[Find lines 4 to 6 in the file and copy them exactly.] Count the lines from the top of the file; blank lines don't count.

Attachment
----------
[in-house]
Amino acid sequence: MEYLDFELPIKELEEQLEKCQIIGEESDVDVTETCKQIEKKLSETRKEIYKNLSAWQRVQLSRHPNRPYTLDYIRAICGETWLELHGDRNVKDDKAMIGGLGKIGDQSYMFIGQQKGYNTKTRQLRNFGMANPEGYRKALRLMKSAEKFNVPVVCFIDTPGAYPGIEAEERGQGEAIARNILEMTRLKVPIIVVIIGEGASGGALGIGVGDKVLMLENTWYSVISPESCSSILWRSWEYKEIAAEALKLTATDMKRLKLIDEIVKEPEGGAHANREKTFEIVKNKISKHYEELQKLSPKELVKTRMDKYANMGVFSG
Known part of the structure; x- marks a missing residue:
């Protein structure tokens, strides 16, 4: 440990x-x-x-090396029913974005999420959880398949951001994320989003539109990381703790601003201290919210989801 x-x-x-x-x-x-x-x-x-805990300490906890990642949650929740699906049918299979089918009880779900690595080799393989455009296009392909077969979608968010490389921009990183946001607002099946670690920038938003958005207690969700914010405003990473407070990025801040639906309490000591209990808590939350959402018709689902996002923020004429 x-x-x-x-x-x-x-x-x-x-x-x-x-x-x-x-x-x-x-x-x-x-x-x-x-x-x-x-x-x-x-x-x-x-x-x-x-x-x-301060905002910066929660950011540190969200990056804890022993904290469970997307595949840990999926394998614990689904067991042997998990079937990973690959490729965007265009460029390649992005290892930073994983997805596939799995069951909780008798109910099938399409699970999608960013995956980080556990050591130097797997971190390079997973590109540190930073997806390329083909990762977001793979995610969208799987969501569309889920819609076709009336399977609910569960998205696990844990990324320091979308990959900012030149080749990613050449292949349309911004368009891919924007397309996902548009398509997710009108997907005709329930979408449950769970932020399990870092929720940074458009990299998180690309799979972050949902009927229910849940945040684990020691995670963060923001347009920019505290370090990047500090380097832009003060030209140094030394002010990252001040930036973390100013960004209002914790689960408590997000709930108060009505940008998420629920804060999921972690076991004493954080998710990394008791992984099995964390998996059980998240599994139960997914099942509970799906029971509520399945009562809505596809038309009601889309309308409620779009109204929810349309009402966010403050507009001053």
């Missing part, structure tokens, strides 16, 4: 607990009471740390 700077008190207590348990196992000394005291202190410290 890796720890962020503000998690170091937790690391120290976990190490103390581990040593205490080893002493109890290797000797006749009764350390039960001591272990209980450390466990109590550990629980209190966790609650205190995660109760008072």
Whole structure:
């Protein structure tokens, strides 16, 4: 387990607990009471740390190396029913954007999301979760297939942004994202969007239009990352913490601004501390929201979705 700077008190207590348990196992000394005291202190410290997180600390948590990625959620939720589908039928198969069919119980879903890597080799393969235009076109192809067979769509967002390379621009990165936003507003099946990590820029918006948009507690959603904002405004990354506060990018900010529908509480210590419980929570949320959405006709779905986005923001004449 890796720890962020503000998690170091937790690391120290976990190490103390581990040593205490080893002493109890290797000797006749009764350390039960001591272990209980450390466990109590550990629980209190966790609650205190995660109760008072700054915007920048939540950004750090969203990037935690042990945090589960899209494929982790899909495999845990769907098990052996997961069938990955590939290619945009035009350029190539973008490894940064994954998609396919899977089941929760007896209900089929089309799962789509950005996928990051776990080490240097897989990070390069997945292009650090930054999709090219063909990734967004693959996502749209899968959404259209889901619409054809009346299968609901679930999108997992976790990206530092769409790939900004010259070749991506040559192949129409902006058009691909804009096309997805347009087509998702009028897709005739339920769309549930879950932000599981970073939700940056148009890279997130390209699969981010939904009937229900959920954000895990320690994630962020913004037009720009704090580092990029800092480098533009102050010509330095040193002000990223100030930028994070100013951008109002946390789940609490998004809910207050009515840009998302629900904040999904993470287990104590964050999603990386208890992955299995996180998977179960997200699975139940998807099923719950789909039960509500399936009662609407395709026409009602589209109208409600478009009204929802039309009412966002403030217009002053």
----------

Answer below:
């Protein structure tokens, strides 16, 4: 440990x-x-x-090396029913974005999420959880398949951001994320989003539109990381703790601003201290919210989801 x-x-x-x-x-x-x-x-x-805990300490906890990642949650929740699906049918299979089918009880779900690595080799393989455009296009392909077969979608968010490389921009990183946001607002099946670690920038938003958005207690969700914010405003990473407070990025801040639906309490000591209990808590939350959402018709689902996002923020004429 x-x-x-x-x-x-x-x-x-x-x-x-x-x-x-x-x-x-x-x-x-x-x-x-x-x-x-x-x-x-x-x-x-x-x-x-x-x-x-301060905002910066929660950011540190969200990056804890022993904290469970997307595949840990999926394998614990689904067991042997998990079937990973690959490729965007265009460029390649992005290892930073994983997805596939799995069951909780008798109910099938399409699970999608960013995956980080556990050591130097797997971190390079997973590109540190930073997806390329083909990762977001793979995610969208799987969501569309889920819609076709009336399977609910569960998205696990844990990324320091979308990959900012030149080749990613050449292949349309911004368009891919924007397309996902548009398509997710009108997907005709329930979408449950769970932020399990870092929720940074458009990299998180690309799979972050949902009927229910849940945040684990020691995670963060923001347009920019505290370090990047500090380097832009003060030209140094030394002010990252001040930036973390100013960004209002914790689960408590997000709930108060009505940008998420629920804060999921972690076991004493954080998710990394008791992984099995964390998996059980998240599994139960997914099942509970799906029971509520399945009562809505596809038309009601889309309308409620779009109204929810349309009402966010403050507009001053």
């Missing part, structure tokens, strides 16, 4: 607990009471740390 700077008190207590348990196992000394005291202190410290 890796720890962020503000998690170091937790690391120290976990190490103390581990040593205490080893002493109890290797000797006749009764350390039960001591272990209980450390466990109590550990629980209190966790609650205190995660109760008072």
Whole structure: